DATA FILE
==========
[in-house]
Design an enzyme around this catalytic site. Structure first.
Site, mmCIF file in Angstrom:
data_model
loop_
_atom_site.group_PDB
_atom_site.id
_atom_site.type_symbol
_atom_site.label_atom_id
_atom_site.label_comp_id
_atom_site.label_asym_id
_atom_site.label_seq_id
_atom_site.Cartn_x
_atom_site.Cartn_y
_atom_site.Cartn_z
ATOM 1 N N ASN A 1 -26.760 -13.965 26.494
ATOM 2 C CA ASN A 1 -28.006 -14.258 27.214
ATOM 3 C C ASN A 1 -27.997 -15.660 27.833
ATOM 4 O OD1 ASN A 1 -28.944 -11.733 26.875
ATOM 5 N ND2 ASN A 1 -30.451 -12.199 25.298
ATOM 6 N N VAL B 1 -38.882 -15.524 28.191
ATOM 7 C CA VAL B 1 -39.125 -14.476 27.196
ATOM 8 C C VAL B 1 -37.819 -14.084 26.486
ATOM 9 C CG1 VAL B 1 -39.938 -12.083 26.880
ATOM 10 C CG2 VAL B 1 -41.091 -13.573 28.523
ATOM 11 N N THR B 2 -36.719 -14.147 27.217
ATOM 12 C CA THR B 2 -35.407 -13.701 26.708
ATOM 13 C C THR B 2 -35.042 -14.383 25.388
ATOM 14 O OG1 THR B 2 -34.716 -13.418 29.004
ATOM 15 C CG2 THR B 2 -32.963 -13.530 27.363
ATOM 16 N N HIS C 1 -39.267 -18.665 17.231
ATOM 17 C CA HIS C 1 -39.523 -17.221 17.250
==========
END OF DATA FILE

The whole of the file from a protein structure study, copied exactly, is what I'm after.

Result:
[in-house]
Design an enzyme around this catalytic site. Structure first.
Site, mmCIF file in Angstrom:
data_model
loop_
_atom_site.group_PDB
_atom_site.id
_atom_site.type_symbol
_atom_site.label_atom_id
_atom_site.label_comp_id
_atom_site.label_asym_id
_atom_site.label_seq_id
_atom_site.Cartn_x
_atom_site.Cartn_y
_atom_site.Cartn_z
ATOM 1 N N ASN A 1 -26.760 -13.965 26.494
ATOM 2 C CA ASN A 1 -28.006 -14.258 27.214
ATOM 3 C C ASN A 1 -27.997 -15.660 27.833
ATOM 4 O OD1 ASN A 1 -28.944 -11.733 26.875
ATOM 5 N ND2 ASN A 1 -30.451 -12.199 25.298
ATOM 6 N N VAL B 1 -38.882 -15.524 28.191
ATOM 7 C CA VAL B 1 -39.125 -14.476 27.196
ATOM 8 C C VAL B 1 -37.819 -14.084 26.486
ATOM 9 C CG1 VAL B 1 -39.938 -12.083 26.880
ATOM 10 C CG2 VAL B 1 -41.091 -13.573 28.523
ATOM 11 N N THR B 2 -36.719 -14.147 27.217
ATOM 12 C CA THR B 2 -35.407 -13.701 26.708
ATOM 13 C C THR B 2 -35.042 -14.383 25.388
ATOM 14 O OG1 THR B 2 -34.716 -13.418 29.004
ATOM 15 C CG2 THR B 2 -32.963 -13.530 27.363
ATOM 16 N N HIS C 1 -39.267 -18.665 17.231
ATOM 17 C CA HIS C 1 -39.523 -17.221 17.250